On the 2nd of June, nearly four months after they had bidden good-bye to the cutter at Fowler’s Bay, they stood on the cliffs, looking out over the ocean, when they saw in the distance two objects which were soon recognized as boats, and shortly afterwards, to their unbounded joy, they discerned the masts of a vessel on the farther side of a small rocky island. Animated by a new life, Eyre pushed on until he reached a point whence he succeeded in hailing the ship, and a boat was sent off. The vessel proved to be a French whaler, the Mississippi, commanded by an Englishman, Captain Rossiter. The worn-out travellers stayed on board for a fortnight, experiencing the utmost kindness, and with recruited strength and food and clothing, they bade a grateful farewell to the captain and crew, and resumed their journey.

For twenty-three days more Eyre and his attendant Wylie pursued their way. Rain fell heavily, and the cold was intense; but at length, on the 27th of July, they reached Albany, in Western Australia, and the journey was accomplished.

For more than twelve months Eyre had been engaged forcing his way from Adelaide to the Western colony; and the incidents of the journey have been dwelt upon because afterwards I passed over the same ground, though in the opposite direction, and the records of Eyre’s expedition were of the greatest service to me, by at least enabling me to guard against a repetition of the terrible sufferings he endured.


It is further necessary to refer to another of the journeys of exploration which preceded my own–that of the unfortunate Leichardt. He endeavoured to cross the continent from east to west, starting from Moreton Bay, Queensland, hoping to reach the Western Australian settlements. In 1844 Leichardt had succeeded in crossing the north-western portion of the continent from Moreton Bay to Port Essington, and he conceived the gigantic project of reaching Western Australia. Towards the end of 1847, accompanied by eight men, with provisions estimated at two years’ supply, he started on his journey. He took with him an enormous number of animals–180 sheep, 270 goats, 40 bullocks, 15 horses, and 13 mules. They must have greatly encumbered his march, and the difficulty of obtaining food necessarily much impeded his movements. His original intention was first to steer north, following for some distance his previous track, and then, as opportunity offered, to strike westward and make clear across the continent. After disastrous wanderings for seven months, in the course of which they lost the whole of their cattle and sheep, the party returned.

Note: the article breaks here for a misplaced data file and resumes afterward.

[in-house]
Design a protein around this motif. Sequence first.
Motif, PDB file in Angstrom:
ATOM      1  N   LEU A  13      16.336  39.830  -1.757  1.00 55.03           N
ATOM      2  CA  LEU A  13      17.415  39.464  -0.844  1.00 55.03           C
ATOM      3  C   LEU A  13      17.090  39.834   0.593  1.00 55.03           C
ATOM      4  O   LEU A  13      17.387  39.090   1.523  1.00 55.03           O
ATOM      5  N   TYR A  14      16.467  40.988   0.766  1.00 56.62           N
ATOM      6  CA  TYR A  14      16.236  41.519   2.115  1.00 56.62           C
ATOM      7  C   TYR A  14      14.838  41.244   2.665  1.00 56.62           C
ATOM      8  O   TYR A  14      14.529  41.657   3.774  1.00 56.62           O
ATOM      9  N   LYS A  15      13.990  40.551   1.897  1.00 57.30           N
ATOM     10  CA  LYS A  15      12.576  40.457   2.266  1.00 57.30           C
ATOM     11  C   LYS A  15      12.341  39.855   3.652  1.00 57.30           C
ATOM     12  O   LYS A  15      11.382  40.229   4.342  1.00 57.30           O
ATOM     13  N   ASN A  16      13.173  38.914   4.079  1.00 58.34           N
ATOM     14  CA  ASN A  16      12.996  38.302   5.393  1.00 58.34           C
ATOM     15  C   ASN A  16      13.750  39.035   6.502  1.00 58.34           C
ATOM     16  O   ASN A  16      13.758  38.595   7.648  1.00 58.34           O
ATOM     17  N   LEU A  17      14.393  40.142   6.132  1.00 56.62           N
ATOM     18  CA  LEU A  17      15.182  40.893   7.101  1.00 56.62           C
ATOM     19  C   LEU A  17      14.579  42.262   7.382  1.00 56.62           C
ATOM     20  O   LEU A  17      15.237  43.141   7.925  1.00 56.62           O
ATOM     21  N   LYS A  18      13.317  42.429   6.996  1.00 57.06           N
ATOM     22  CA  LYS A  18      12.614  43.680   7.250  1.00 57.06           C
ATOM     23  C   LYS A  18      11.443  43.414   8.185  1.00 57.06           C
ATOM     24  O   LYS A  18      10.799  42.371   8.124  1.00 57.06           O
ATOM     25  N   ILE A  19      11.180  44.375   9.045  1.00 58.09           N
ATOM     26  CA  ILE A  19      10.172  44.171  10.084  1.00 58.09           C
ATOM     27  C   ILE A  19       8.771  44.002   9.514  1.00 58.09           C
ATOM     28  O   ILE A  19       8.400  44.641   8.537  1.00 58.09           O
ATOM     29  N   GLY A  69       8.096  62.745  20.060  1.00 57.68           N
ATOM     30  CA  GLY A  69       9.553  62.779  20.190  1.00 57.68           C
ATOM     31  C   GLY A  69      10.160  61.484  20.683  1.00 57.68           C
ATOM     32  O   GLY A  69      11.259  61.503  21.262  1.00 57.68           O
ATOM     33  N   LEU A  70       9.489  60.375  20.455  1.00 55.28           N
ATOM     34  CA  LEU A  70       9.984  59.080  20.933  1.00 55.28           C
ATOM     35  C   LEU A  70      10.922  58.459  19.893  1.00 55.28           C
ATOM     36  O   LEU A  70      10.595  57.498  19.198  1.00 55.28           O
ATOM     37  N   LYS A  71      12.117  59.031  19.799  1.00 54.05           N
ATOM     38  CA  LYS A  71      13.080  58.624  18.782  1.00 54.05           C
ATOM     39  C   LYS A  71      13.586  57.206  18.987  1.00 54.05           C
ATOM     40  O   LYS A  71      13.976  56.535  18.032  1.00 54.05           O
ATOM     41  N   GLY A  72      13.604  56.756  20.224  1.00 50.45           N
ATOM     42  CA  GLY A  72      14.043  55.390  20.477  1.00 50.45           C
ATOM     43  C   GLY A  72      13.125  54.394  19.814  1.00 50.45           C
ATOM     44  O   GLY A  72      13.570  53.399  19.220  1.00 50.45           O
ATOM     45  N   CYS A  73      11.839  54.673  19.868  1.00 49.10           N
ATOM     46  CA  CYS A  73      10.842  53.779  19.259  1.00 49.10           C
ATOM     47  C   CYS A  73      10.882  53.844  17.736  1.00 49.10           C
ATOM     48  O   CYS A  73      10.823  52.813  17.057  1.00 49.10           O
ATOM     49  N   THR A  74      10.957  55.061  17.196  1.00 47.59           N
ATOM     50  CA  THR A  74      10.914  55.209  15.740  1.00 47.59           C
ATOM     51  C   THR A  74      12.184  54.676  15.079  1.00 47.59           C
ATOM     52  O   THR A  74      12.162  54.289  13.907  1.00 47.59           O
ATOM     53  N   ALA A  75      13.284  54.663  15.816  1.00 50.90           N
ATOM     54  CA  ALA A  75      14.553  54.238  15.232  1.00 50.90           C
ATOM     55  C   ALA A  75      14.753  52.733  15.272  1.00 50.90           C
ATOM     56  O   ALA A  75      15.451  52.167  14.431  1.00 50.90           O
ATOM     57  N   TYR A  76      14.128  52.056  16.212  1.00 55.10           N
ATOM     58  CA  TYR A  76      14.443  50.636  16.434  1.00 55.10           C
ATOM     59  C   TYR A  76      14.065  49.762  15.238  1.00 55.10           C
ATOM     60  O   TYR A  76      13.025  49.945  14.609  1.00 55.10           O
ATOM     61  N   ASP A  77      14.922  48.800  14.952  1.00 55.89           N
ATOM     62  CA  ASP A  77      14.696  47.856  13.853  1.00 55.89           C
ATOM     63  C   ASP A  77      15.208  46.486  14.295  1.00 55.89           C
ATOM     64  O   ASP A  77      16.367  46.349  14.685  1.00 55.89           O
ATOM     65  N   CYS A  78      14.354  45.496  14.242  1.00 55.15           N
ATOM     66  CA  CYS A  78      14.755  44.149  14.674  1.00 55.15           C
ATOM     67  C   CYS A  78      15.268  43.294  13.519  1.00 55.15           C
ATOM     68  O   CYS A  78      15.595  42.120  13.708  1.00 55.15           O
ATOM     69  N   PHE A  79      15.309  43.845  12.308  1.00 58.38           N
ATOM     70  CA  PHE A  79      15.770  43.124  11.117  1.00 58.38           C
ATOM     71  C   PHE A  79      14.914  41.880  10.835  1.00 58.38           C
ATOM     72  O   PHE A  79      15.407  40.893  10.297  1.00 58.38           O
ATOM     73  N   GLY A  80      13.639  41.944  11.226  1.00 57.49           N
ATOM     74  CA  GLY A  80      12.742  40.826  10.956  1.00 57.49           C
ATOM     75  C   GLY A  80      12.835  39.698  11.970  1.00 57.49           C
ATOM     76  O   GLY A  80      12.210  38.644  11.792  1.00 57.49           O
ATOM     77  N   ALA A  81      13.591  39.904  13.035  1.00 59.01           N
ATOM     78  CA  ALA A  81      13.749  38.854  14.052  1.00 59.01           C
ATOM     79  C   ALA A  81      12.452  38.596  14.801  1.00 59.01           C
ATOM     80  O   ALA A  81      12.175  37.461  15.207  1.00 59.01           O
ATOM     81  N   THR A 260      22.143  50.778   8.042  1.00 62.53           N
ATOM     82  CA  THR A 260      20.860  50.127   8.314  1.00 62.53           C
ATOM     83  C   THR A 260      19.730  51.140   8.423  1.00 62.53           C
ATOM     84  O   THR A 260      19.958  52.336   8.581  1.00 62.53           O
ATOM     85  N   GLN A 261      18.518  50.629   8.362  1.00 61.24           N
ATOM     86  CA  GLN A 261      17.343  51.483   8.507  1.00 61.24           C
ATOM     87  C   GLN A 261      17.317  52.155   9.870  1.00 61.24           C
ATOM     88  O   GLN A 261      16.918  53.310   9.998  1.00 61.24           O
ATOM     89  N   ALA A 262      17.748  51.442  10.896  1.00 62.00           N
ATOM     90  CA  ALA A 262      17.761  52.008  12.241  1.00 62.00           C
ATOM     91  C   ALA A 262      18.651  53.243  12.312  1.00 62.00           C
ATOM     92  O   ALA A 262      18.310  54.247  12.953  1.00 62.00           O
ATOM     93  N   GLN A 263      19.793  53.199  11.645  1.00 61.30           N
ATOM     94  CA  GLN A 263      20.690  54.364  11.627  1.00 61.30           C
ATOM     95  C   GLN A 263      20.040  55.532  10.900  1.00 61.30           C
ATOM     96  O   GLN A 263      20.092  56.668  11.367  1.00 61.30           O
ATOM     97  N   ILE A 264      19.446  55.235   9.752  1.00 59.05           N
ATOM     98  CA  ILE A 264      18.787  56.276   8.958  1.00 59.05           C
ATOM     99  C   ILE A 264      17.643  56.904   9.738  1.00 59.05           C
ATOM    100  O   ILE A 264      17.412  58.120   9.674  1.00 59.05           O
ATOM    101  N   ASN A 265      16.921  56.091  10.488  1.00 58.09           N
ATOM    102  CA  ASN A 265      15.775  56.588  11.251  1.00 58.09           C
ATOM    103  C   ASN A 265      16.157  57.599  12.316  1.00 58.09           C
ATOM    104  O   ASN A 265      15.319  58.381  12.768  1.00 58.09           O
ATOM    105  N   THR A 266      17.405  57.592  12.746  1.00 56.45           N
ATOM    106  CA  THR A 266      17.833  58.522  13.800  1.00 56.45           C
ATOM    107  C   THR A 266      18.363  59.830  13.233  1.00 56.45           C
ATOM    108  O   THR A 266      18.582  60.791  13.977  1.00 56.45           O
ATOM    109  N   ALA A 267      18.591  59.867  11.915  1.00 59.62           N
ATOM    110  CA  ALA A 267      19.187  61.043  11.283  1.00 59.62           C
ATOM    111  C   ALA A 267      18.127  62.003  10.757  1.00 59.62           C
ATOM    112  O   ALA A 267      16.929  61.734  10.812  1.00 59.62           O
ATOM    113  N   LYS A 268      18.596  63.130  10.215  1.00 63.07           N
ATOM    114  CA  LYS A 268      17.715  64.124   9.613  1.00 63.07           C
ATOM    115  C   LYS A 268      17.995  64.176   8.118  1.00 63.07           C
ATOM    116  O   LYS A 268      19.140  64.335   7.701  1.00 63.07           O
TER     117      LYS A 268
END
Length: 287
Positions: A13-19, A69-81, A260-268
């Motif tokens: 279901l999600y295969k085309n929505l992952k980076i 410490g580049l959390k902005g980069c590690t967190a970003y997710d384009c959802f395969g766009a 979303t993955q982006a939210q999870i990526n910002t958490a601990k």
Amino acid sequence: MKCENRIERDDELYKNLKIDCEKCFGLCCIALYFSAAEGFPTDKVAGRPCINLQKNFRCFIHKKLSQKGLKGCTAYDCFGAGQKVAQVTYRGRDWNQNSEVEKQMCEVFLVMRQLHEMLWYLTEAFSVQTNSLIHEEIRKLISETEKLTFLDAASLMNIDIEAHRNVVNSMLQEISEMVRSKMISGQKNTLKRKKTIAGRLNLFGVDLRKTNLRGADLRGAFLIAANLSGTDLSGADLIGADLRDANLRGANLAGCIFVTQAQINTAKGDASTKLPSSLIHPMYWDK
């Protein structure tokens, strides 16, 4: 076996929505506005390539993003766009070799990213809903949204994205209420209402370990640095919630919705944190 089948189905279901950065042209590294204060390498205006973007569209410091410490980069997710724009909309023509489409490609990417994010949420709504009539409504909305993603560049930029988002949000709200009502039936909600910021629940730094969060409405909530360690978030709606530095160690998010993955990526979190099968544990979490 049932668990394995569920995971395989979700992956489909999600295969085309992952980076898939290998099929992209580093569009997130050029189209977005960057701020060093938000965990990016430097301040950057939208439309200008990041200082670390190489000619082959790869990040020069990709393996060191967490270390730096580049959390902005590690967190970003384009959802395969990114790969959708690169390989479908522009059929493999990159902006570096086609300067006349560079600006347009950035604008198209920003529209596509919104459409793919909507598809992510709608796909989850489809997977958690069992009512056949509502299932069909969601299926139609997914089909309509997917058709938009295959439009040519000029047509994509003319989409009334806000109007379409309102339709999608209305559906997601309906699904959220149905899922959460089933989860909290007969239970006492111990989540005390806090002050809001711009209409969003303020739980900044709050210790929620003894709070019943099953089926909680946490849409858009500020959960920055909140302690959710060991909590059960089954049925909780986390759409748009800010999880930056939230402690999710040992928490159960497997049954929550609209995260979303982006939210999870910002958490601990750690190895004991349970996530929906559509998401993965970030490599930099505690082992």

Disappointed, but not discouraged, Leichardt resolved on another attempt to achieve the task he had set himself. With great difficulty he obtained some funds; organized a small but ill-provided party, and again started for the interior. The last ever heard of him was a letter, dated the 3rd of April, 1848. He was then in the Fitzroy Downs; he wrote in good spirits, hopefully as to his prospects: “Seeing how much I have been favoured in my present progress, I am full of hopes that our Almighty Protector will allow me to bring my darling scheme to a successful termination.”


From that day the fate of Leichardt and his companions has been involved in mystery. He was then on the Cogoon River, in Eastern Australia, at least 1500 miles from the nearest station on the western side of the continent. His last letter gives no clue to the track he intended to pursue. If a westerly course had been struck he would have nearly traversed the route which subsequently Warburton travelled; but no trace of him has ever been discovered. Several expeditions were undertaken to ascertain his fate; at various times expectations were aroused by finding trees marked L; but Leichardt himself, on previous journeys, had met with trees so marked, by whom is unknown. Natives found in the remote interior were questioned; they told vague stories of the murder of white men, but all investigations resulted in the conclusion that the statements were as untrustworthy as those generally made to explorers who question uninformed, ignorant natives. The white man’s experience is usually that a native only partially comprehends the question; he does not understand what is wanted, but is anxious to please, as he expects something to eat, and he says what he thinks is most likely to be satisfactory.